“Ideas beget ideas.” This idea never gets old. Whenever I get a publication out of the door, I feel happy about myself, and I feel inspired to write the next piece. Maybe one day, one of my pieces would become influential. Maybe one piece would become viral. Maybe my writings would change someone’s mind, and have some policy implications. As of now, those are far-fetched. My only writing goal now is to produce consistent work regularly. I prefer the productivity model at this point. At some point in the future, this productivity model might turn into a high-impact model. As I am still learning the ropes of publishing, the productivity model is most relevant.
New York City is a strange place. The housing market is extremely tough for young families, and newcomers. Today I was curious to see how my neighborhood, Central Harlem, which is considered to be a poorer neighborhood than many other neighborhoods in the city. I googled to see the stats of the neighborhood with a specific emphasis on the housing market. Its median household income is $47,708 about two-thirds of the amount in New York, $67,844, and about two-thirds of the amount in United States: $61,937. In other words, I am living in a less wealthy neighborhood of the city. Its poverty ratio is 25.1%.the rate in New York: 13.6%, and nearly double the rate in United States: 13.1%. My neighborhood is also poorer than New York City in general, and poorer than the United States.
However, when I look at housing value in my neighborhood. This is what I found:
If a person owns a house at all, 50% of the houses have values of $671,000 or more. That’s a lot of money. It’s more than double the amount in New York, and more than double the amount in United States.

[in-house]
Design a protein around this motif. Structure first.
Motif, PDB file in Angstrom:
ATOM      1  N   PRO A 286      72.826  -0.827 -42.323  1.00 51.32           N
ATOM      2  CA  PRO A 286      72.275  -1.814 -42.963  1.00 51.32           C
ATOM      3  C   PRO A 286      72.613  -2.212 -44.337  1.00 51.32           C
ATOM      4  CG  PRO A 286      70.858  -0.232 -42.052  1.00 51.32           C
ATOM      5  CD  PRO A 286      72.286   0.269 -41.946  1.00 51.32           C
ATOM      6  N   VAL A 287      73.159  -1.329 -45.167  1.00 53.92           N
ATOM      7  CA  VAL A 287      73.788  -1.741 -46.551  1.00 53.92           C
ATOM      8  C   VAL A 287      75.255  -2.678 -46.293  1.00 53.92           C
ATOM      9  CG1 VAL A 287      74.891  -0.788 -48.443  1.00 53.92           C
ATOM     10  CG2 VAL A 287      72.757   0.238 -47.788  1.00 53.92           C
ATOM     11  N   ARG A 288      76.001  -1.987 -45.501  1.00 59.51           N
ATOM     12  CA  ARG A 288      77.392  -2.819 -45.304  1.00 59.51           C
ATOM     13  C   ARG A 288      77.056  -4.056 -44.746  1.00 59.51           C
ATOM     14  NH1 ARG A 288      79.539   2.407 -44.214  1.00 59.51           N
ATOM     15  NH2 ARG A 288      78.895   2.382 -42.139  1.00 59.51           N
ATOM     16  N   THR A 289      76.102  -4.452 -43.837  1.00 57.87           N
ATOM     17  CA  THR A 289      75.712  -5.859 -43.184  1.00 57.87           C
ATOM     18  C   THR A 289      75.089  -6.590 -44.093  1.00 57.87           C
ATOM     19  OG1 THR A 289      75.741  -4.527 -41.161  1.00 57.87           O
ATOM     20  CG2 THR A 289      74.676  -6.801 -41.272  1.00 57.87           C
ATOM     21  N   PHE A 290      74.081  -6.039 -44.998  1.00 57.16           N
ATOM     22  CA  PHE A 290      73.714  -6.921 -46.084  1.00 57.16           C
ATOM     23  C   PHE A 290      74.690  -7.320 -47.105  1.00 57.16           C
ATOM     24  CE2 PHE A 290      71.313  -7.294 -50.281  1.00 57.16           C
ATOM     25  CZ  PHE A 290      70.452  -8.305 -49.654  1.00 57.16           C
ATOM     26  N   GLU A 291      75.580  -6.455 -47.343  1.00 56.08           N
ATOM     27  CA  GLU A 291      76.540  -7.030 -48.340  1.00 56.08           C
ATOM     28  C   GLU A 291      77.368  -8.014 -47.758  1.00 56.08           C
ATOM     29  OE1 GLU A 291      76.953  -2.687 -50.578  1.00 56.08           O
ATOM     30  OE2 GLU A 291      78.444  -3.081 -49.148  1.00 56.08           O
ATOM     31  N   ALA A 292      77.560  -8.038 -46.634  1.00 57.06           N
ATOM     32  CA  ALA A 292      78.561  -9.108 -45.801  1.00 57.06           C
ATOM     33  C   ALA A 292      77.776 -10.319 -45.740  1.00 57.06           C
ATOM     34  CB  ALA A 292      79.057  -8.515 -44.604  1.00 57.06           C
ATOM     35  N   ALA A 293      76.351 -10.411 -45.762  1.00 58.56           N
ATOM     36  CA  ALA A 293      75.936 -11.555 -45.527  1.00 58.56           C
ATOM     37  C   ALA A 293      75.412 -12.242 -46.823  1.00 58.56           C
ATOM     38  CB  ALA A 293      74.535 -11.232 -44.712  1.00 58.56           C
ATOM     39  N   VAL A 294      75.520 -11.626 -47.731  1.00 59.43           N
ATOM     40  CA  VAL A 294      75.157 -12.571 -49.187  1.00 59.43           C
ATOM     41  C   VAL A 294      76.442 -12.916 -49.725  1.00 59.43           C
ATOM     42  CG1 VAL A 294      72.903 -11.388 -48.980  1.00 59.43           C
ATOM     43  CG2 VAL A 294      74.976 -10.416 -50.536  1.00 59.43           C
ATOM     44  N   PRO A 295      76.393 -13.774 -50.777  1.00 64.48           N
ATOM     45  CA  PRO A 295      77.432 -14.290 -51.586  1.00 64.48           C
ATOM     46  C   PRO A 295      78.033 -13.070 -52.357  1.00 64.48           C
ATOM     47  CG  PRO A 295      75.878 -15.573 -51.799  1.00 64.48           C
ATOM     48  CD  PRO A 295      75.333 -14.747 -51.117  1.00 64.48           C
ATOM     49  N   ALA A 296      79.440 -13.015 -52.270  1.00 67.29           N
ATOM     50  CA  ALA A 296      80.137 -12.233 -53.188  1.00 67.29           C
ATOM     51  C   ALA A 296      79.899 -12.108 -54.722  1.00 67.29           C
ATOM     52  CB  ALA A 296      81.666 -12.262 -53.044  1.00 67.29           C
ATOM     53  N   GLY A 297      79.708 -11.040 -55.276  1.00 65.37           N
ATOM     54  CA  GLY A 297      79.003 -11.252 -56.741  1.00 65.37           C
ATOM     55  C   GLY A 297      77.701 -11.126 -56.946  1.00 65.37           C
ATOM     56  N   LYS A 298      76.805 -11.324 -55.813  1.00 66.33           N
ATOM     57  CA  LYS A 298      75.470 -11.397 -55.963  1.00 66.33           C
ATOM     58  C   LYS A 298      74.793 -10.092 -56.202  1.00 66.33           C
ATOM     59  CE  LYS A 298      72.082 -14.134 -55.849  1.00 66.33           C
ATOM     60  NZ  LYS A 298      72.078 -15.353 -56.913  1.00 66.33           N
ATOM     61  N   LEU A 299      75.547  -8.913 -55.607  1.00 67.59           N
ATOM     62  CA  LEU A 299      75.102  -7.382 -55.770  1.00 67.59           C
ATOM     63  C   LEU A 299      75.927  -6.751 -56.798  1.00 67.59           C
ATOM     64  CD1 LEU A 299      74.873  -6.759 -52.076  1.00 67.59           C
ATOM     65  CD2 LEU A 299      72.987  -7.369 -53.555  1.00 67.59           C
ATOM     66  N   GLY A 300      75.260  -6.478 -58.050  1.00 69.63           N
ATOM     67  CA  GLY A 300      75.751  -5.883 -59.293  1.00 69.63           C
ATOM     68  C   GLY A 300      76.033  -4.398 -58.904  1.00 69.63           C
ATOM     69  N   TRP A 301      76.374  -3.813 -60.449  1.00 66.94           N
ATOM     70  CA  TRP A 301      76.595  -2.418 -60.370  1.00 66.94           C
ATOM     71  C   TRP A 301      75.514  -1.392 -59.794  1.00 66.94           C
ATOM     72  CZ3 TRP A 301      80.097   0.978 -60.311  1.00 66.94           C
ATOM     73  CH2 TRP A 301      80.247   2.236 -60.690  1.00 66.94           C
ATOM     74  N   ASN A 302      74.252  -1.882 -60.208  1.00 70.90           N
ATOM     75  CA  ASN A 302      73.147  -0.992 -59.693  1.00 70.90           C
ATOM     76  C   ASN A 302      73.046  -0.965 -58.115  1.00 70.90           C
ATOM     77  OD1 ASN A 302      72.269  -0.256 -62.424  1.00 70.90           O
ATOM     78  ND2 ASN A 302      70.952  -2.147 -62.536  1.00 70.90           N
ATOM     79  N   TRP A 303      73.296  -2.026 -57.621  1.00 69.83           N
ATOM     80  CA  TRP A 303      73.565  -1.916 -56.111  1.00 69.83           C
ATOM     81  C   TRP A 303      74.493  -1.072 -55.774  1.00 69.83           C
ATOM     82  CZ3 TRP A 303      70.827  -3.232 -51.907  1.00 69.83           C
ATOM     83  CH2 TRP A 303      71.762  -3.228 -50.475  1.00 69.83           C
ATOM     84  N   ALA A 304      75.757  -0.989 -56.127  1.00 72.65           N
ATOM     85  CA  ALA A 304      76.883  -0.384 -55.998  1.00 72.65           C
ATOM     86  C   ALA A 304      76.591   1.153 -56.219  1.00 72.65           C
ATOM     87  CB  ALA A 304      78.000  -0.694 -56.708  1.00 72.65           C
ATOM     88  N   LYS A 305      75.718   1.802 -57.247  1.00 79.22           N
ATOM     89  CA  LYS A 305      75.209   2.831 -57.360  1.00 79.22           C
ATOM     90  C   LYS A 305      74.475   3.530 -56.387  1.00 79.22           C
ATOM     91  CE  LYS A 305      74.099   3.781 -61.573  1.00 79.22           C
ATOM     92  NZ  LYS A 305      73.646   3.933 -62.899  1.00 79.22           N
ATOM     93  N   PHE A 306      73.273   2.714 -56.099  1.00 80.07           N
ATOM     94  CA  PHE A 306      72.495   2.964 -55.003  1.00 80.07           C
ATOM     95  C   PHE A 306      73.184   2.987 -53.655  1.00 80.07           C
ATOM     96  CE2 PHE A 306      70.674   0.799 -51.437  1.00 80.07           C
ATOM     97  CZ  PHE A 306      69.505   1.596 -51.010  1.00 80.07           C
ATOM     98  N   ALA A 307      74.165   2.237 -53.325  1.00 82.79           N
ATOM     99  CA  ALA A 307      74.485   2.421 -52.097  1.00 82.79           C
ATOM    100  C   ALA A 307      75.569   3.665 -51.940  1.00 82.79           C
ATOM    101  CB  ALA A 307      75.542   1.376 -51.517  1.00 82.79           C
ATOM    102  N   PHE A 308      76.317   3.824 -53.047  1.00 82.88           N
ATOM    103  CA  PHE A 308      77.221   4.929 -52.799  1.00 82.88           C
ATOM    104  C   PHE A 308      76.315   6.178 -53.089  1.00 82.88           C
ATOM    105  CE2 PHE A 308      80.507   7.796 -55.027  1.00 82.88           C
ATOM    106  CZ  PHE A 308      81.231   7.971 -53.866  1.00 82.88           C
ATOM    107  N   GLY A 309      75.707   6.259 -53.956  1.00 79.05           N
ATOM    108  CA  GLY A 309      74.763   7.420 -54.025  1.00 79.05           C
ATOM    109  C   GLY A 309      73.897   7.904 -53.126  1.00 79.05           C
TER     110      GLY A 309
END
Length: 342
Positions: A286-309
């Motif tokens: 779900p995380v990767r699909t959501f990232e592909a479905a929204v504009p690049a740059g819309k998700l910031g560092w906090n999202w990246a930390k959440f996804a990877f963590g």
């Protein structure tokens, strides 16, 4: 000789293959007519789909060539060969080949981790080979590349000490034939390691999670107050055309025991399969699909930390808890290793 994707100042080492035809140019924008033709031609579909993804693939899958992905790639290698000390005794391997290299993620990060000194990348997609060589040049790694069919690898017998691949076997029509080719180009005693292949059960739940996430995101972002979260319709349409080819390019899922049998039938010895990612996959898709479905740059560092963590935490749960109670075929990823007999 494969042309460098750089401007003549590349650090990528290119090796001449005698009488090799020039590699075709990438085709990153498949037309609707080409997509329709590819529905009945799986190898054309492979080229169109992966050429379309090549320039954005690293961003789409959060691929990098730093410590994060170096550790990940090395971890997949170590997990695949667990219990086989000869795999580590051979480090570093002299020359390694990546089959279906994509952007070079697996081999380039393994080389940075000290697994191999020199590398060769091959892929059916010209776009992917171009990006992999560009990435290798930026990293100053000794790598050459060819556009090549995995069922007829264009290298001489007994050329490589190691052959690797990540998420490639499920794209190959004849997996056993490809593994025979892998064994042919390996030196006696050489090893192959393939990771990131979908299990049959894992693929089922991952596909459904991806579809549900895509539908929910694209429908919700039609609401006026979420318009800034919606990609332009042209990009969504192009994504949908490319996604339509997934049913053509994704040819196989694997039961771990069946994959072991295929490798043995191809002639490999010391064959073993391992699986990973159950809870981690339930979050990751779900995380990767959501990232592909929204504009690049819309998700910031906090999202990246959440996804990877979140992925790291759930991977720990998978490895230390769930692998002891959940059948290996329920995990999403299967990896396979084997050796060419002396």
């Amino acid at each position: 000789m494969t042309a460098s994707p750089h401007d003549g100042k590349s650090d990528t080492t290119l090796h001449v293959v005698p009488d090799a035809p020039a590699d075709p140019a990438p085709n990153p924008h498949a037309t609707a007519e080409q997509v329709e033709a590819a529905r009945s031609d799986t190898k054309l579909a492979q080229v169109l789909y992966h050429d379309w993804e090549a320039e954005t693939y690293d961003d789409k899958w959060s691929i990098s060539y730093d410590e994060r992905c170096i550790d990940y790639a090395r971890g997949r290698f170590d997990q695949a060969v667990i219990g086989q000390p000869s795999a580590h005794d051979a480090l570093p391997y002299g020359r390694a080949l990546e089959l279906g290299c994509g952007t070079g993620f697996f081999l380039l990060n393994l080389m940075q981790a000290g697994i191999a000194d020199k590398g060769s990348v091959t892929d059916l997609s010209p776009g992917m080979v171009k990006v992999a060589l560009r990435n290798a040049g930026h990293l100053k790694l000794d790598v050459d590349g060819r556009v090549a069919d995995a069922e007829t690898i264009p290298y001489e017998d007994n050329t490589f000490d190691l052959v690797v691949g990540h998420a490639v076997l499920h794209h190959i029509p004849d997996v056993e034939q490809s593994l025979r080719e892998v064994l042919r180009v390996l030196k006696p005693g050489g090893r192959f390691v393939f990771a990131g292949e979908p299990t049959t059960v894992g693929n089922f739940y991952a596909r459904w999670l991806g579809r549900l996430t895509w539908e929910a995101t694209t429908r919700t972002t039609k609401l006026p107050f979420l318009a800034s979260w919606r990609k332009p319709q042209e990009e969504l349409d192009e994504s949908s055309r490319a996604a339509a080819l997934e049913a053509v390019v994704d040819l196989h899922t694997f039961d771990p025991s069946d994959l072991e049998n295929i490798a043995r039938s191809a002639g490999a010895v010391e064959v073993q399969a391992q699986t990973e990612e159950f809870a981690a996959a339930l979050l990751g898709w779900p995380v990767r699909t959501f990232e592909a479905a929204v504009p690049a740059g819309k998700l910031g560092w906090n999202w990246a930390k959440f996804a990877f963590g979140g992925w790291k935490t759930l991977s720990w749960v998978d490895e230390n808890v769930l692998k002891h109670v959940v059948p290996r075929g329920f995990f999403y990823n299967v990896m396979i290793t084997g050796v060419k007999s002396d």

Here’s the further breakdown of the housing values in Central Harlem:
I have always known that housing is expensive in New York, but when I look at housing values in my neighborhood, I was actually very surprised. 35% of owner-occupied housing units valued at 500,000 to 1 million US dollars. This is an exorbitant amount. 15% of the owner-occupied units are valued over 1 million US dollars. If I was to buy a housing unit (an apartment, or a house) in Harlem, and if I was a college professor at one of the local colleges with salary around 100K a year, given that I could save about 20% of my salary to buy a housing unit, it would take me at least 25 years to pay for a $500,000 apartment.
This calculation makes me realize two things. One, I do not think a college professor can buy a good house in Harlem. Maybe I have chosen a wrong career for financial stability. Two, if I want to remain in academia, I will join an exodus of New York emigrants to the suburb where housing is a lot more affordable than Manhattan. Manhattan squeezes out the middle class families.
At the end of the day, it’s such a contradictory existence. While my neighborhood is on paper poorer in terms of wealth, and income than other neighborhoods in New York City, its housing value is twice that of the city average. How are my neighbors getting by with this precarious financial existence? What are some psychological and social impacts of both poverty on the lower end of the socio-economic spectrum, and housing pressure on the middle class, and upper end of the income ladder?
I have been living in this neighborhood for almost four years now. As a sociologist, I am immersing myself in the neighborhood experience, and getting to know “public characters” of the neighborhood in different aspects of life. The term public characters in Jane Jacobs’s definition are “often people like storekeepers, barkeepers, and pastors … By thinking, talking, and interacting out in the open, these people create our public life” (Eghbal). I am currently following the new public characters in the digital era in the New Harlem. My public characters are business owners, and tech founders. I would argue that in the new economy, business owners, and tech founders are creating a new kind of culture, and creating new kind of public life. This public life though is privatized, and operating around commerce.
I love this neighborhood, and feel that I have things to contribute. However, at this point, I am still not sure how I would be able to contribute to the enrichment of people from Harlem. So far, I have been struggling with the idea that I’m a gentrifier who is displacing somebody that I never got to know, and that I’m contributing to future waves of gentrification because with me, there are new restaurants and commercial places.